Impact of meteorological conditions on noise propagation from freeway corridors
Cross section of Loop 202 site as elevation above sea level. Horizontal distance is measured in feet from the fence on the south side. Positions of instruments are shown as squares for microphones and triangles for sonic anemometers in the November 2006 field campaign. Arrows indicate distances from the center of the nearest travel lane (filled circle) on the West Bound side (WB).
A schematic of the coupled models used to resolve the far-field propagation of traffic noise from a freeway corridor. The filled circles represent monofrequency coherent effective line sources above the centerline of the nearest lane of traffic. A Green’s function method is utilized both to determine virtual source heights and strengths from the sound meter data and also to initialize the sound field along the vertical dashed line at the edge of the pavement. A PE model then marches this input pressure field across the domain, handling each frequency component separately.
Temperature and crosswind (to the freeway) data with fitted theoretical profiles for the three cases. All data points above are given by the SODAR-RASS with lower height information obtained from the sonic anemometers as shown in the legend.
The difference in overall -weighted sound level on October 11, 2006, measured between the sound meter located from the center of the nearest lane of traffic at a height of and the sound meter located from the center of the nearest lane of traffic at a height of . The triangles merely display an indication of the traffic conditions at the time (either free flowing, slow moving or intermediate). A decrease of with a doubling of distance corresponds to what is expected for a line source as in a neutral atmosphere.
(a) Virtual source heights for the three cases obtained by minimizing an error norm based on decibel differences between sound meters. (b) Measured dBA minus the dBA obtained from the Green’s function solution for each virtual line source at the three sound meter locations. Circles show measured minus computed dBA for the meter at location 1, diamonds for the meter at location 2, and crosses for the meter at location 3.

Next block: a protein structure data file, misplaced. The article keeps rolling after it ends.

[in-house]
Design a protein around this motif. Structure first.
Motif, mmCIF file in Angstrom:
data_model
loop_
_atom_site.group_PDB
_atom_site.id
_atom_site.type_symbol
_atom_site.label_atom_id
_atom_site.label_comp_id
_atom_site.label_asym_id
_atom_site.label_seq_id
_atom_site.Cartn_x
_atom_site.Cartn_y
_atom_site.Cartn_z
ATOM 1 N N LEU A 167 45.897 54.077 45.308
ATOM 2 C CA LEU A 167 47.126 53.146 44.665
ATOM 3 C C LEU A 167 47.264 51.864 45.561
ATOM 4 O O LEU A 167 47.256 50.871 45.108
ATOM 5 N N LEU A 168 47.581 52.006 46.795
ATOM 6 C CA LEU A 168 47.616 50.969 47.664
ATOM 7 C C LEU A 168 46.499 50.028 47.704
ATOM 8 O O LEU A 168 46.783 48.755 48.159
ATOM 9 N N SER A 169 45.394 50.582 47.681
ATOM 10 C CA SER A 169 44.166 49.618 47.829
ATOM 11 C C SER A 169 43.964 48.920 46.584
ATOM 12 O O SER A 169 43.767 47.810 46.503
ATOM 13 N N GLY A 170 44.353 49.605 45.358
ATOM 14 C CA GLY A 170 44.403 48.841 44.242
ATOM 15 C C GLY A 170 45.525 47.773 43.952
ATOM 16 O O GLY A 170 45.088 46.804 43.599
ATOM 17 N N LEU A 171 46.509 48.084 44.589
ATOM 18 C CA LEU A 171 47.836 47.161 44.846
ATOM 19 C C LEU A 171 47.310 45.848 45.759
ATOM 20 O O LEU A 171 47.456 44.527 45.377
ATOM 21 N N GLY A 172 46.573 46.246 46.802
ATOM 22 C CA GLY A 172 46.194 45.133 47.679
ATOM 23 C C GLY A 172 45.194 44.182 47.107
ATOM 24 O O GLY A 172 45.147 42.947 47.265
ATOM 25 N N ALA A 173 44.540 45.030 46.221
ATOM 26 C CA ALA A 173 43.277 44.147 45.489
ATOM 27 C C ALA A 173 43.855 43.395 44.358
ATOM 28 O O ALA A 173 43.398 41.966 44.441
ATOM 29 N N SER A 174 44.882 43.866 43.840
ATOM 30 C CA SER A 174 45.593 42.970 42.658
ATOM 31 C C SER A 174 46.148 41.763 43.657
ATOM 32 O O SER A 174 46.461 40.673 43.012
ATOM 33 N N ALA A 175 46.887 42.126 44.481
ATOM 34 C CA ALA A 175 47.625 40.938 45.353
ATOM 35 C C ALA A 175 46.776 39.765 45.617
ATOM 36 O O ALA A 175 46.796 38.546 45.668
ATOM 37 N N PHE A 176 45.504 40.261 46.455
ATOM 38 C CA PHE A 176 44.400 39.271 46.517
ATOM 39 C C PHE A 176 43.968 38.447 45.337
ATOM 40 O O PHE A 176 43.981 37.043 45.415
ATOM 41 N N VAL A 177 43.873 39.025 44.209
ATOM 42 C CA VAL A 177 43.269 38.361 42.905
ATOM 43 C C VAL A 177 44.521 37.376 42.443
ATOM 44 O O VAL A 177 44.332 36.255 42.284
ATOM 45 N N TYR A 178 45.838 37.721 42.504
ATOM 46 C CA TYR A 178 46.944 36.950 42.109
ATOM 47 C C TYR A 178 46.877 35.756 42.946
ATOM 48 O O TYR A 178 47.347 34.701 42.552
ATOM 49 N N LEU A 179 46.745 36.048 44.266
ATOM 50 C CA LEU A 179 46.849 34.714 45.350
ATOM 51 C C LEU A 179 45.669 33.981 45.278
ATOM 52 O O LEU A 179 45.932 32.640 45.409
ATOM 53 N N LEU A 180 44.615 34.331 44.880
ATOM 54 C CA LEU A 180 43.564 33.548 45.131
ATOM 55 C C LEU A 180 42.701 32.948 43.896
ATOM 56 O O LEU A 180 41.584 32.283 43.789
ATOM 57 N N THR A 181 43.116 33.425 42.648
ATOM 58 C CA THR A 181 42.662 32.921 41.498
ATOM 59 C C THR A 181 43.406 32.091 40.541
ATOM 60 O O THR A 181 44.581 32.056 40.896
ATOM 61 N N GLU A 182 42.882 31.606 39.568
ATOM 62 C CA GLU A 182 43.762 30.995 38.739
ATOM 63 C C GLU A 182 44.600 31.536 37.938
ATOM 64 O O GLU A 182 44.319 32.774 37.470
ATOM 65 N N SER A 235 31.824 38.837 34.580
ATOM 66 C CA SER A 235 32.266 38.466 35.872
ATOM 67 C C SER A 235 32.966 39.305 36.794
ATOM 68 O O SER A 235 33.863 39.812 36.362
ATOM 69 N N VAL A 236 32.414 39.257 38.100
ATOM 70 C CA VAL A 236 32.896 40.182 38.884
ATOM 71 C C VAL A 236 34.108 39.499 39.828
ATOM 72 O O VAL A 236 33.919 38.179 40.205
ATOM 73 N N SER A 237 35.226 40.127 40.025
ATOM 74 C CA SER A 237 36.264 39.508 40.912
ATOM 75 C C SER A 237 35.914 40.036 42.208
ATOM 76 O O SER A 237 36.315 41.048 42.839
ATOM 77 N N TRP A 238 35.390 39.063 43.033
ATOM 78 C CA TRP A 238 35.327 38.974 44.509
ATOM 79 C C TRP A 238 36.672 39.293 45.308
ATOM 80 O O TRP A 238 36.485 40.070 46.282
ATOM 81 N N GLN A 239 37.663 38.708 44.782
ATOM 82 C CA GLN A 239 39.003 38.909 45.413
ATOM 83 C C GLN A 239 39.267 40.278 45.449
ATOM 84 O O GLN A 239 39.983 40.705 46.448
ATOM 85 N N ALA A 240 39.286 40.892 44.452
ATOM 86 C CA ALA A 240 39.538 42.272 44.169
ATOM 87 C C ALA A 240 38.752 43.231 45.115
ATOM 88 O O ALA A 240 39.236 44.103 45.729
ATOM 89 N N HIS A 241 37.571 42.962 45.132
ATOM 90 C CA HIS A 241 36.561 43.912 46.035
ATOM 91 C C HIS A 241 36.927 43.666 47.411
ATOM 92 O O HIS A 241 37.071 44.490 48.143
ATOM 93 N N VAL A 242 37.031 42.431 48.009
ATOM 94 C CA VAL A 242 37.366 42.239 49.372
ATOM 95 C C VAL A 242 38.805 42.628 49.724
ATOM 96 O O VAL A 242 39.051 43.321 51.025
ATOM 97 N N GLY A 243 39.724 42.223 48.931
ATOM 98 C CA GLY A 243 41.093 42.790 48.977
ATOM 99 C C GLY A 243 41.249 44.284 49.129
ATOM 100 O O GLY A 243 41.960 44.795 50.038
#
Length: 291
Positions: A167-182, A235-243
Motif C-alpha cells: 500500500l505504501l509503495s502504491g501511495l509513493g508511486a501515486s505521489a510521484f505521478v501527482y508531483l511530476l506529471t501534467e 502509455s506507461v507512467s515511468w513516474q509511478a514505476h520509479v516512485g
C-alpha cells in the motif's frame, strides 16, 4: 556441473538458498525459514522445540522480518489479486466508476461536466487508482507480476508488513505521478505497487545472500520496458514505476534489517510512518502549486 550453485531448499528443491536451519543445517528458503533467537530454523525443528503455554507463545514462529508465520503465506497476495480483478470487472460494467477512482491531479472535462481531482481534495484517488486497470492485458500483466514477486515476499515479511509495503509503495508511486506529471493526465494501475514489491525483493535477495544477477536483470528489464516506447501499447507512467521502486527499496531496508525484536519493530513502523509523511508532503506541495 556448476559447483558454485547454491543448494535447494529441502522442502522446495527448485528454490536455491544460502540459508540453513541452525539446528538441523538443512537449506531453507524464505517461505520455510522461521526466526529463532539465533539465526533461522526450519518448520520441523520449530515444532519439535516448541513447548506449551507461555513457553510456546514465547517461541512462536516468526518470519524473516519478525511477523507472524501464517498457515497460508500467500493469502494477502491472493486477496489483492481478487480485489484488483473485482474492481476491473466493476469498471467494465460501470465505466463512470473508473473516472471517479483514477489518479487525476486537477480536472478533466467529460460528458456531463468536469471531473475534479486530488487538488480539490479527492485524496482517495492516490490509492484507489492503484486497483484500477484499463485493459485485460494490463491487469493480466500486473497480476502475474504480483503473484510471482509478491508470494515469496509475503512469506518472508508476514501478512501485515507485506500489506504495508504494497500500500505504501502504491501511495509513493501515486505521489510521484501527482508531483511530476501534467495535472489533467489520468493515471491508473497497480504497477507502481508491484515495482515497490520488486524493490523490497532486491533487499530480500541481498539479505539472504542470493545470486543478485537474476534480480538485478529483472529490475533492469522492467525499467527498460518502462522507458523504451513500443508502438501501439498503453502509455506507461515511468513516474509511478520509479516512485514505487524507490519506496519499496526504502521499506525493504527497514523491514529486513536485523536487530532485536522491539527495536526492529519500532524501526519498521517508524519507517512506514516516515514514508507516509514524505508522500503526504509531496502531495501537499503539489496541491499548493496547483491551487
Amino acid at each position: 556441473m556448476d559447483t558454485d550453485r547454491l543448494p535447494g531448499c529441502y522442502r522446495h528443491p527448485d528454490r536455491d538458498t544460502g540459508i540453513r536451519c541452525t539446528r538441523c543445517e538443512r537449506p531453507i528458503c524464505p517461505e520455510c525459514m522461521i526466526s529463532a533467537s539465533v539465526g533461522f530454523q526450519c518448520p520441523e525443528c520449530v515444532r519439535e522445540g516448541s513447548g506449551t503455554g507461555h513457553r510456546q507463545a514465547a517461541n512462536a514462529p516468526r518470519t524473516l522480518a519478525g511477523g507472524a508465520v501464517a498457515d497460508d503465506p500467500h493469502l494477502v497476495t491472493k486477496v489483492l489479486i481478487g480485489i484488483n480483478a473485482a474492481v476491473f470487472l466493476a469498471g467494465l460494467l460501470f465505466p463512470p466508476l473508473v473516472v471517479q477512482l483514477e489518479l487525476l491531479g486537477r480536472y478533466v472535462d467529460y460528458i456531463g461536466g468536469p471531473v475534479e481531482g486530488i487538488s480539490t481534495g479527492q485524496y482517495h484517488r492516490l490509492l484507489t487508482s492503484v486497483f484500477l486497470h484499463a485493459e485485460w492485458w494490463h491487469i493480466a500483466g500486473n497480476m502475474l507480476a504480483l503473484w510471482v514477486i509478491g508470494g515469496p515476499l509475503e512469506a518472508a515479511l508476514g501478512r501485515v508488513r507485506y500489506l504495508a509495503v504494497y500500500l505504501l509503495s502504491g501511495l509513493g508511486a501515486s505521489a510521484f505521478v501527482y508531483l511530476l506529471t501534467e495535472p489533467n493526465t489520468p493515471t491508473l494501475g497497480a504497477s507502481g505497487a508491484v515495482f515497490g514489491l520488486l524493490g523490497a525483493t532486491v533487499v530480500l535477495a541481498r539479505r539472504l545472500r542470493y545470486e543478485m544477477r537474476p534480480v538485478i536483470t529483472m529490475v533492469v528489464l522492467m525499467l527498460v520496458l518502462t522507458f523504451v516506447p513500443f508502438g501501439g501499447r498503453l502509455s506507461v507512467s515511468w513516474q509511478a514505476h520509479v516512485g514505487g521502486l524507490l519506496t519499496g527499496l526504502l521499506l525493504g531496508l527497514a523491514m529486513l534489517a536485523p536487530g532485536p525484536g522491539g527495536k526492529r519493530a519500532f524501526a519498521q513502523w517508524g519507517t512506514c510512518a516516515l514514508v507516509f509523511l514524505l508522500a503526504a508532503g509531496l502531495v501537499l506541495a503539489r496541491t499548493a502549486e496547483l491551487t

Virtual source strengths for the three cases obtained by minimising an error norm based on dB differences between sound meters.
Case A: -weighted SPL contours without meteorological effects (top) and with meteorological effects (bottom). The effect of atmospheric absorption is not included here. Each contour line represents a change of . The bold contour represents the level.
Case A: Overall -weighted SPL and the SPL of each frequency component at a height of above the ground. The top figure shows the SPL for neutral conditions (bold blue dash-dot line), with meteorological effects but without atmospheric absorption (bold black dashed line) and with both meteorological effects and with atmospheric absorption (bold black solid line and frequency bands). The shaded area in the top figure represents the region where the SPL range exceeds the threshold. The bottom figure shows contours of -weighted SPL with meteorological effects for each frequency component at an altitude of with atmospheric absorption. Each contour line represents a change of .
Same caption as for Fig. 7, but for Case B.
Same caption as for Fig. 8, but for Case B.
Same caption as for Figs. 7 and 9, but for Case C.
Same caption as for Figs. 8 and 10, but for Case C.
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